Guidance on Costs and Benefits

Part of New clause 3 – in the House of Commons at 6:30 pm on 27th June 1995.

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Photo of Mr Bill O'Brien Mr Bill O'Brien , Normanton 6:30 pm, 27th June 1995

The amendment seeks to improve the Bill, which grew each time it was debated in Committee in another place and in this House. More and more amendments were made and new clauses added, so that the Bill is now one of the largest that the House has enacted for some time. It devotes more pages to schedules than to clauses, and much of the information that it contains will have to be studied by the companies, industry, local government, commercial organisations and even individuals who will be affected by the Bill in some way. We want the Bill presented in such a way that the public will enjoy the full benefit of the legislation.

We in the Opposition do not oppose the principle and spirit of the Bill. There is much merit in the agency arrangements, but we are concerned about the agency's duties and responsibilities. We are not against assessing the cost of schemes, but how are they to be decided? To leave the Bill in its present form will not help the organisations which will have to analyse costs and compare benefits.

The amendment requires that before any scheme is considered, the Secretary of State—after consulting the bodies involved—will present a report to Parliament so that it will have an opportunity to consider the costs and benefits. That constructive approach will assist everyone and allow the legislation to work properly, by making available information affecting communities.

Reference was made to motorways and motorway construction. I have a particular interest in the diversion of the Al in my area. I would prefer the principle embodied in the Bill applied to that proposed road development because the public would then be able to understand the real implications, compare costs and analyse different schemes that will influence the environment and the health and destinies of individuals. The public would then be able to study the changes proposed by the agency in realigning the A 1 to Ferry Bridge.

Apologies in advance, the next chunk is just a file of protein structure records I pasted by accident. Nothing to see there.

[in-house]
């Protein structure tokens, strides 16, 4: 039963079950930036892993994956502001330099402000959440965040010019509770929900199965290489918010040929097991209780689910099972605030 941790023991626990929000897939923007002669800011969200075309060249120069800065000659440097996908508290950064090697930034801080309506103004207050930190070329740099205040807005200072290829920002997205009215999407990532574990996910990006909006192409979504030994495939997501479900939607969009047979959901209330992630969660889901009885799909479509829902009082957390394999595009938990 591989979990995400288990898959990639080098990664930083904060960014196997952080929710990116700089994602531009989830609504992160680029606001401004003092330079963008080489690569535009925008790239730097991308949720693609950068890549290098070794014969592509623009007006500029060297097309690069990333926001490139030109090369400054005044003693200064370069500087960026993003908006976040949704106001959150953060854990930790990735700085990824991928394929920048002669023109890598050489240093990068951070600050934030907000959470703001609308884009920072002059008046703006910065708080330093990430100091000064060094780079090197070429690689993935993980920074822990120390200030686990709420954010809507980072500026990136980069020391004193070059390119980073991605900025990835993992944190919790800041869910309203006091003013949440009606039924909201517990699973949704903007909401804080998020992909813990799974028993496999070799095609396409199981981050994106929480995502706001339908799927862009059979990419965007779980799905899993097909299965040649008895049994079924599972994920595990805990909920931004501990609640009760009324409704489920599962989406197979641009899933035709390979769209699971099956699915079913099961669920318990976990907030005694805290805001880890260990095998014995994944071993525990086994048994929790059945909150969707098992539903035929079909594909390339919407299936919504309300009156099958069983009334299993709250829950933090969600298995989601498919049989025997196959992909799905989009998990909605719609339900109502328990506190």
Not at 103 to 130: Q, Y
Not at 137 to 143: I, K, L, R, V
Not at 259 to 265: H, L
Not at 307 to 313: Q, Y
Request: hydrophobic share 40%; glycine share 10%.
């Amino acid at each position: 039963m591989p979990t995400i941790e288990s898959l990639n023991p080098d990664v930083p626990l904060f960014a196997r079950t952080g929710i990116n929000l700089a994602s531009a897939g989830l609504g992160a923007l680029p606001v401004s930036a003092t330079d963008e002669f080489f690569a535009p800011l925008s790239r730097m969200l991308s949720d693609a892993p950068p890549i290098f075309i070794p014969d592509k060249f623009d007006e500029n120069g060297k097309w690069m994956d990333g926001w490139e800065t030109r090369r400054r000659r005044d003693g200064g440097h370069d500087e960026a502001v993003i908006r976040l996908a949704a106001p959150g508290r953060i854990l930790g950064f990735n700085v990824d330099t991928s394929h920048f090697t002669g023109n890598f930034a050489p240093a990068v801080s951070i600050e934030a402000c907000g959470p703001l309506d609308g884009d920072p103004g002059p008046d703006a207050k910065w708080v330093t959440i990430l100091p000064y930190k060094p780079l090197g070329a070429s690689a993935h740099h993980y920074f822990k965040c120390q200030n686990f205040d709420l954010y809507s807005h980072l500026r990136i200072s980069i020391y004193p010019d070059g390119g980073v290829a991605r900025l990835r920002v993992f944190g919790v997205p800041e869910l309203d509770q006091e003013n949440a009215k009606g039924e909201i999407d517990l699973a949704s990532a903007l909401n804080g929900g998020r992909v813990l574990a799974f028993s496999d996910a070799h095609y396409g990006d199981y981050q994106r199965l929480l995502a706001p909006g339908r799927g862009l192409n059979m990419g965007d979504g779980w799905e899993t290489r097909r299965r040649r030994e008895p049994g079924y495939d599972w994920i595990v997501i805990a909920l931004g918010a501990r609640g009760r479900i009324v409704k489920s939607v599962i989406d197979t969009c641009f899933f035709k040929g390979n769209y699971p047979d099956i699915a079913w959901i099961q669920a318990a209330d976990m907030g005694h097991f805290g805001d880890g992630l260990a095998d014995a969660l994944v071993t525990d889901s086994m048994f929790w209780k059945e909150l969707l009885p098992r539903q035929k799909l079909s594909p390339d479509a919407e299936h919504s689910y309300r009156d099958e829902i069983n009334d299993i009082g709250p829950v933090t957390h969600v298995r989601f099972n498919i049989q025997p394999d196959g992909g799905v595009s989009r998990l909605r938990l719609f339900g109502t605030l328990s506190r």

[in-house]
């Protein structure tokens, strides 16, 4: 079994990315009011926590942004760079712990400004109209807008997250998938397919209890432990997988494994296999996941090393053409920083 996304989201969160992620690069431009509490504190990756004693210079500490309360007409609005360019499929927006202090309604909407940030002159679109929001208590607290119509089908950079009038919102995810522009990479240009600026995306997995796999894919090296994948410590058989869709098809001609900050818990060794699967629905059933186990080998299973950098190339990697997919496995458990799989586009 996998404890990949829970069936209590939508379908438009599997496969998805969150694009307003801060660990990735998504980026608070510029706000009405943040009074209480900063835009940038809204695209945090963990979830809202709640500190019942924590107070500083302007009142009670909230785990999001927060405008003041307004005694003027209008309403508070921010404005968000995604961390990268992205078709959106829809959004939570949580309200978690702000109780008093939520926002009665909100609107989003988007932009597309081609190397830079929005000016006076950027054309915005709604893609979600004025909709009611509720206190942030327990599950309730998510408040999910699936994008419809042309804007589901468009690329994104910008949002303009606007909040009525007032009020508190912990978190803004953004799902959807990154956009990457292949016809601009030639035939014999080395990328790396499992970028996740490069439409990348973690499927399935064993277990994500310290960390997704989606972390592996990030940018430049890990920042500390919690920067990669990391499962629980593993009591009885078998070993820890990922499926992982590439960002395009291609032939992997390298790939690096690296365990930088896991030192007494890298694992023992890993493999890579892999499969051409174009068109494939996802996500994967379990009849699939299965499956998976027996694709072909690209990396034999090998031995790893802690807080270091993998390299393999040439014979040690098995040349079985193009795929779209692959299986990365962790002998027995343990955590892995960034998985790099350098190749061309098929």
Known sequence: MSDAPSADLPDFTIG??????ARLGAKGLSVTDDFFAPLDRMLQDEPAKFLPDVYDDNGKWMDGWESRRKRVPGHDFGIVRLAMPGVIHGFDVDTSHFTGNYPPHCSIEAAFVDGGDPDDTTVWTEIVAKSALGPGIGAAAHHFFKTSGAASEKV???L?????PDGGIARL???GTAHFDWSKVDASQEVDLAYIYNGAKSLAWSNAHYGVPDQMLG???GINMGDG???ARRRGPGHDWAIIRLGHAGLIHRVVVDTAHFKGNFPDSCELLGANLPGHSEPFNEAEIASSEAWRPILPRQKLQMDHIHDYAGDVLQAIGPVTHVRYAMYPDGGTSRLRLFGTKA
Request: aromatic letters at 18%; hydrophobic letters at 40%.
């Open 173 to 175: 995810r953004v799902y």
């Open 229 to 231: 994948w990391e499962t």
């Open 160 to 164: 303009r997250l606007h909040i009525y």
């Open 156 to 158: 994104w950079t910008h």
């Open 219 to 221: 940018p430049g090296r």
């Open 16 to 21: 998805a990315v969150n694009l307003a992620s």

New clause 3 is significant and important. The Minister would do a service to the House and to the nation by carefully considering the new clause and the points made by hon. Members in all parts of the House, including the hon. Member for Lincoln (Sir K. Carlisle), who expressed favour for it. All hon. Members who have spoken have offered new evidence for accepting new clause 3.

Our personal experience and knowledge of work involving changes to the environment which have caused damage in many areas prompts us to enter the plea that new clause 3 is constructive, will help the Bill and will benefit the people who have to administer the legislation. I fear what might happen if a proper, sincere and constructive approach to analysing costs and environmental benefits in schemes such as the Al to Ferry Bridge is not taken. That would be doing a tremendous disservice to communities.

There is merit and value in new clause 3. It is not a wrecking clause and it will strengthen the Bill. I ask the Minister to accept the new clause and to acknowledge its value to the Bill.